Snowed in at her parent's home in Marble Falls, Texas, Laura Benac spent a week huddled over her phone, worried about her friends in Austin. Ten days later, she logged in to Canvas and took an anthropology test just two hours after campus reopened.
“It’s been exhausting trying to come back after this,” said Benac, a communication and anthropology senior. “I shouldn't give myself a hard time if I get a bad grade on this because I know my personal state of being wasn't the best.”
From Feb. 14 to Feb. 24, winter storm Uri forced a campus closure and left millions of Texans without power and running water. UT President Jay Hartzell urged professors to put a pause on schoolwork, but some students felt their professors weren’t understanding of their situations.
While Benac’s anthropology test was originally scheduled for Feb. 15, her professor extended the exam window by 24 hours every time campus’ reopening was pushed back.
Benac’s professor, anthropology professor Ward Keeler, said he kept adjusting his course schedules and eventually decided to push back every assignment’s due date by one week.
“Of course, everybody's stress levels are higher because of the COVID pandemic (and they) skyrocketed because of the ice storm,” Keeler said. “I'm sure it's true I could have communicated the modifications (for the exam and class) better.”
The test ultimately took place Feb. 24, the day the University reopened. Benac said having to take a test immediately after returning from a crisis felt like a slap in the face.
“He never gave any alternate opportunities or addressed the fact that some people may still not have power or access to Canvas,” Benac said. “There was just an assumption that we would all be okay by (Feb. 24) in order to take the test.”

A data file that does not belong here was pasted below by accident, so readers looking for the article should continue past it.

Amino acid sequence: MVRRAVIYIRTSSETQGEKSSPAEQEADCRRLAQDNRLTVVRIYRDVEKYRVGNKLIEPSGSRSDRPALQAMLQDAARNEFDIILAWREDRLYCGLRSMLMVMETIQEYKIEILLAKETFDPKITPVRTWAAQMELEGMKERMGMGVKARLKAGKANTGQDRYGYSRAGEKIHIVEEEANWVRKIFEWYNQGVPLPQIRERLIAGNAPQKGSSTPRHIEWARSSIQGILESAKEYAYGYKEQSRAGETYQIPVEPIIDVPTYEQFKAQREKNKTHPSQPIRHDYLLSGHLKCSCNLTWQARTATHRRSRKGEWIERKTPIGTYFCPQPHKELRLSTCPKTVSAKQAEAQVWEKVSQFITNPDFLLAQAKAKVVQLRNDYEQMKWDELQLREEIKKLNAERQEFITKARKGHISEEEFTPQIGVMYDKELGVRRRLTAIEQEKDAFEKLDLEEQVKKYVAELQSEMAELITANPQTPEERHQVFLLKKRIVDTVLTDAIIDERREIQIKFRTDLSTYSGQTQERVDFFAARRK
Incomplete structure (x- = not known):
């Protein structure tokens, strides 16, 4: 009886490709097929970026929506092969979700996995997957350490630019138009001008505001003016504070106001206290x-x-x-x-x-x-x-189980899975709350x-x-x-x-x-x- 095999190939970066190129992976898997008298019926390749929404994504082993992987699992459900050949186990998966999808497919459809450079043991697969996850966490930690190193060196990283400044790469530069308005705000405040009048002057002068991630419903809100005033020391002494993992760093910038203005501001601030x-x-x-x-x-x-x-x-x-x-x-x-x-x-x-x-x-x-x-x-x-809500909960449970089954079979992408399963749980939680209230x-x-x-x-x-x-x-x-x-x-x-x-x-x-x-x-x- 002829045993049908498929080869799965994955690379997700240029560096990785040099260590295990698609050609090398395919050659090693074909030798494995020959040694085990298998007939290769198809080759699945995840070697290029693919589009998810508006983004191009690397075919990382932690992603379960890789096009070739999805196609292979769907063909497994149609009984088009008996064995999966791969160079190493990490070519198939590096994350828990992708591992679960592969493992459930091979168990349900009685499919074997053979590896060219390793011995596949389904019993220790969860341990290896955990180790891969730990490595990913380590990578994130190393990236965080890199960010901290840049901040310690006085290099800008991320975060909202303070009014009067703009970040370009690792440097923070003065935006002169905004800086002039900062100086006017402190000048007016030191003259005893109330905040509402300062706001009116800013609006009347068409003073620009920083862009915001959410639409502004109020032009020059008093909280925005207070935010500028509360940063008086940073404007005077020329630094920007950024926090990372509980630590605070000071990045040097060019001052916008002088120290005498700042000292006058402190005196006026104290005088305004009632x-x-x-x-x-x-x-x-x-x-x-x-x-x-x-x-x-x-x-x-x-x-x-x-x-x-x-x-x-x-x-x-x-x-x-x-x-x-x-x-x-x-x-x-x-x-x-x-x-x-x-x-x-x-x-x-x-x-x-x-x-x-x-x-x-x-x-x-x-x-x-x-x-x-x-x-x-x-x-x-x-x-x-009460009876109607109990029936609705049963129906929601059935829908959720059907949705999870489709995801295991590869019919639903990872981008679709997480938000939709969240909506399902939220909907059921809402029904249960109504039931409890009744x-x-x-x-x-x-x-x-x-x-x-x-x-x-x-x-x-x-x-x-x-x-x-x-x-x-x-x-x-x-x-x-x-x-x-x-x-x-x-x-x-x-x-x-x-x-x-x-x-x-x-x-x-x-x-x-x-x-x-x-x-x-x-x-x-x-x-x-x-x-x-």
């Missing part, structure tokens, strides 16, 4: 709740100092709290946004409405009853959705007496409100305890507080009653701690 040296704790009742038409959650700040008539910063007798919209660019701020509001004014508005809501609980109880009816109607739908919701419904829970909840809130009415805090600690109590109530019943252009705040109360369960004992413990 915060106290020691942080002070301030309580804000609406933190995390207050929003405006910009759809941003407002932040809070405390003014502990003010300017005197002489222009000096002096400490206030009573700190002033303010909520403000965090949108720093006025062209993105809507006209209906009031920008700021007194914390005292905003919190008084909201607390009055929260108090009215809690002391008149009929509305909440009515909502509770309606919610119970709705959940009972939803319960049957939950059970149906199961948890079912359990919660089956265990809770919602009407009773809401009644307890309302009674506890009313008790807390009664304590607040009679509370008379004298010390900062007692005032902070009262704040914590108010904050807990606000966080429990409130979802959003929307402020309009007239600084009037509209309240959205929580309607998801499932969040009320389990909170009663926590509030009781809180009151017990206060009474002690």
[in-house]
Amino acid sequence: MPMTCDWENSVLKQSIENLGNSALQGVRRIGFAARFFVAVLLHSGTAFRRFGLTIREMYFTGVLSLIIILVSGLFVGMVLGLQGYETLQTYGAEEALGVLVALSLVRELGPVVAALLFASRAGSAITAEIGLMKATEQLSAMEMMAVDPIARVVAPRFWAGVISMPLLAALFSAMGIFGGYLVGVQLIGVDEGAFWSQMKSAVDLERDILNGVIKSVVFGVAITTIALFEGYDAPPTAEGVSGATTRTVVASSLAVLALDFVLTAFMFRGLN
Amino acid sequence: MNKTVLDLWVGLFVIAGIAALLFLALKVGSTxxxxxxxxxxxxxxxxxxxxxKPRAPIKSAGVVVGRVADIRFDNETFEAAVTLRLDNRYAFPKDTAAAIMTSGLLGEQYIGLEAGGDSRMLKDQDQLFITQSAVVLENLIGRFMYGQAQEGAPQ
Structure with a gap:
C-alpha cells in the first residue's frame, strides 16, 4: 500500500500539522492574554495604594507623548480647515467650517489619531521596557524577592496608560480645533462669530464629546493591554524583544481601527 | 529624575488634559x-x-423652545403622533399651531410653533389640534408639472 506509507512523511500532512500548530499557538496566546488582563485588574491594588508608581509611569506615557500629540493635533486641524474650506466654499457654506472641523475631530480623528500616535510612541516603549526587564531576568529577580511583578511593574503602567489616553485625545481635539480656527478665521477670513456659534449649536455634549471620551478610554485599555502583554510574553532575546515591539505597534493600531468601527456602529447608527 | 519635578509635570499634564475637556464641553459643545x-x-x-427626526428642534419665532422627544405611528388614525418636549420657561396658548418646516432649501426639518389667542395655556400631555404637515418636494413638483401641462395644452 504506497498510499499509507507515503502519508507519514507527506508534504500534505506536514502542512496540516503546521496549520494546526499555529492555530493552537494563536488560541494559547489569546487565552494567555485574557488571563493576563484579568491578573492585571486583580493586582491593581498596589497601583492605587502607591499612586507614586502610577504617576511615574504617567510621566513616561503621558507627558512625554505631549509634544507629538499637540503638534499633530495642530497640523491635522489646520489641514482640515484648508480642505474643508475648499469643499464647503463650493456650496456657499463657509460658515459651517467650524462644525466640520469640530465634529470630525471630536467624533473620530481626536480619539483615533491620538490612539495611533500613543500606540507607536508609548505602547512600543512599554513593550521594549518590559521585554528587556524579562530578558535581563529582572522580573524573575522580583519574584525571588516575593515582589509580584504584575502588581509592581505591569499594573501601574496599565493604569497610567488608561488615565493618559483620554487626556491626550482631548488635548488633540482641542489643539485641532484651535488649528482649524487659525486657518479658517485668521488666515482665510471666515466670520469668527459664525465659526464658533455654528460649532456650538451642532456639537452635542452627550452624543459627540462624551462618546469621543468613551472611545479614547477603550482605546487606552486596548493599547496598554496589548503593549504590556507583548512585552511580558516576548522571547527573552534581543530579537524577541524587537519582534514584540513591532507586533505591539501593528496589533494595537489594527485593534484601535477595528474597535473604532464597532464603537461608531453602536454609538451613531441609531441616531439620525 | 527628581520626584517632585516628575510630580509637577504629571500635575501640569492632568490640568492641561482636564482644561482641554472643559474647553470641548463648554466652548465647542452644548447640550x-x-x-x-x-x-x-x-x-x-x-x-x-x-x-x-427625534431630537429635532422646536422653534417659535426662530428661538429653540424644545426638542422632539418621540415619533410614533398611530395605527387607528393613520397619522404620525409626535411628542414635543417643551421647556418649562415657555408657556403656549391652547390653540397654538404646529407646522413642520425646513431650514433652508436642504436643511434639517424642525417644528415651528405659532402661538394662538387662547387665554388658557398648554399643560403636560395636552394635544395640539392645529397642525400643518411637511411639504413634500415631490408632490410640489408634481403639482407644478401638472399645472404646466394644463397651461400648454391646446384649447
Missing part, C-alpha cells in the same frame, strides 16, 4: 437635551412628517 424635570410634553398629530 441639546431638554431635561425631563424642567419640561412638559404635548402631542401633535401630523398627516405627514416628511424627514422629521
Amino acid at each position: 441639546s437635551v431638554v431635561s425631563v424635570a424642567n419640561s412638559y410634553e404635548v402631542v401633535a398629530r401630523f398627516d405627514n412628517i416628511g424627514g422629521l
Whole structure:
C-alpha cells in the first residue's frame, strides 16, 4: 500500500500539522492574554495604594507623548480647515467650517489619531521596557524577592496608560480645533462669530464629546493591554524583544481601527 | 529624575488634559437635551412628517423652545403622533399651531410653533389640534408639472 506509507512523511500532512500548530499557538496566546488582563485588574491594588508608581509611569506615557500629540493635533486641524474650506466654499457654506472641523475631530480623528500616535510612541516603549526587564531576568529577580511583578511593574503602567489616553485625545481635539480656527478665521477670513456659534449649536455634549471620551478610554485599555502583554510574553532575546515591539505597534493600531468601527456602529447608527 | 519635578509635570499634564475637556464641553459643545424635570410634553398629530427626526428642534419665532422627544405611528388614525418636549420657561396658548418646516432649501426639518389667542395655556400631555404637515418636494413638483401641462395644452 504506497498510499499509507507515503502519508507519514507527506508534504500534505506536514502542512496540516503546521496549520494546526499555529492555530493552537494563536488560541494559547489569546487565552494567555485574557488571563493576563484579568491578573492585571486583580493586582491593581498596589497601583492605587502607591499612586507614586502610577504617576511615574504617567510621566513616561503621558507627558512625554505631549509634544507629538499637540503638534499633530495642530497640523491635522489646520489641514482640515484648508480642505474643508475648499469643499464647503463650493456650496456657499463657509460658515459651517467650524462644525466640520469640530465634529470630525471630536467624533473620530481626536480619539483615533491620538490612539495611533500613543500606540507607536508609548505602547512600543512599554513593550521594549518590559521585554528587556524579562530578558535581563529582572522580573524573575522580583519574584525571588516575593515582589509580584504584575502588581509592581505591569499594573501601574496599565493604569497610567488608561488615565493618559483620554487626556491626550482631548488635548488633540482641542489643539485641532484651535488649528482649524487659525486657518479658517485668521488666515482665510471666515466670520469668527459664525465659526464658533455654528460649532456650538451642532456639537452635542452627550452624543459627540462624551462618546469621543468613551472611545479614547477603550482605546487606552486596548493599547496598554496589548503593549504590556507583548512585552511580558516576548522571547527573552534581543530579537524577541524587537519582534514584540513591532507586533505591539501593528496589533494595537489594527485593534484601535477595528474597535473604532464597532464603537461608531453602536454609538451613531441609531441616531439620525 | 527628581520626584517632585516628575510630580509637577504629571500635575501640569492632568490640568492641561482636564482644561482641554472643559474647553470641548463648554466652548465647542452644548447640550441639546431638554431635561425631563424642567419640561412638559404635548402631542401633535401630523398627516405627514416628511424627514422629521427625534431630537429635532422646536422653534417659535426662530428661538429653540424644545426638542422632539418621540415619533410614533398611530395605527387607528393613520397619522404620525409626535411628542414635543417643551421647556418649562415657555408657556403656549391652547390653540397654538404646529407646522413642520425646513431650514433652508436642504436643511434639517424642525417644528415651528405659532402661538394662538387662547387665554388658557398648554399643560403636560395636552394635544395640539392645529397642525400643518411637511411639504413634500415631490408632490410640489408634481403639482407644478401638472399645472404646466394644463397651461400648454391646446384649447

Keeler said students didn’t contact him about dealing with the continued impacts of the storm, and said he can’t respond to students who haven’t reached out to him.
Shagufta Shabbir, an organic chemistry assistant professor, said she communicates with students through email and during office hours about their situations, but has only had two students express their difficult personal situations since campus has reopened.
“I got an email from a student saying their computer broke down from water damage (from the storm), and they were having trouble completing the assignment,” Shabbir said. “My response was the assignment would not be considered for them.”
Shabbir said she adjusted her coursework and canceled one of her five scheduled exams.
Nutrition junior Ashley, who requested anonymity to avoid negative academic consequences, said it was still frustrating to return and be met with assignments in Shabbir’s class, compared to her other professors who had assigned no work last week.
“Our power and water went out for a couple of days,” Ashley said. “(There) was a lot of anxiety. We're trying to worry about surviving. Why am I (having) to worry about school?”
Shabbir said she feels students’ concerns about her being unaccommodating are valid, as she always gives students the benefit of the doubt.
“Some people might be in a worse situation than others,” Shabbir said. “I know some students of mine who still don't have water. I just hope that they don't lose faith or motivation (during) this time.”
Ashley said she didn’t get her Wi-Fi back until Feb. 23, the day before classes resumed. Once it returned, she said it was challenging to finish assignments while simultaneously recovering from the events of the past week.
“We're in the middle of a pandemic, and we experienced a snowstorm,” Ashley said. “This week was a lot for students. I know it’s traumatized people. I think lightening up the workload might be helpful.”
Editor's Note: This story first appeared in The Daily Texan's March 2 print edition.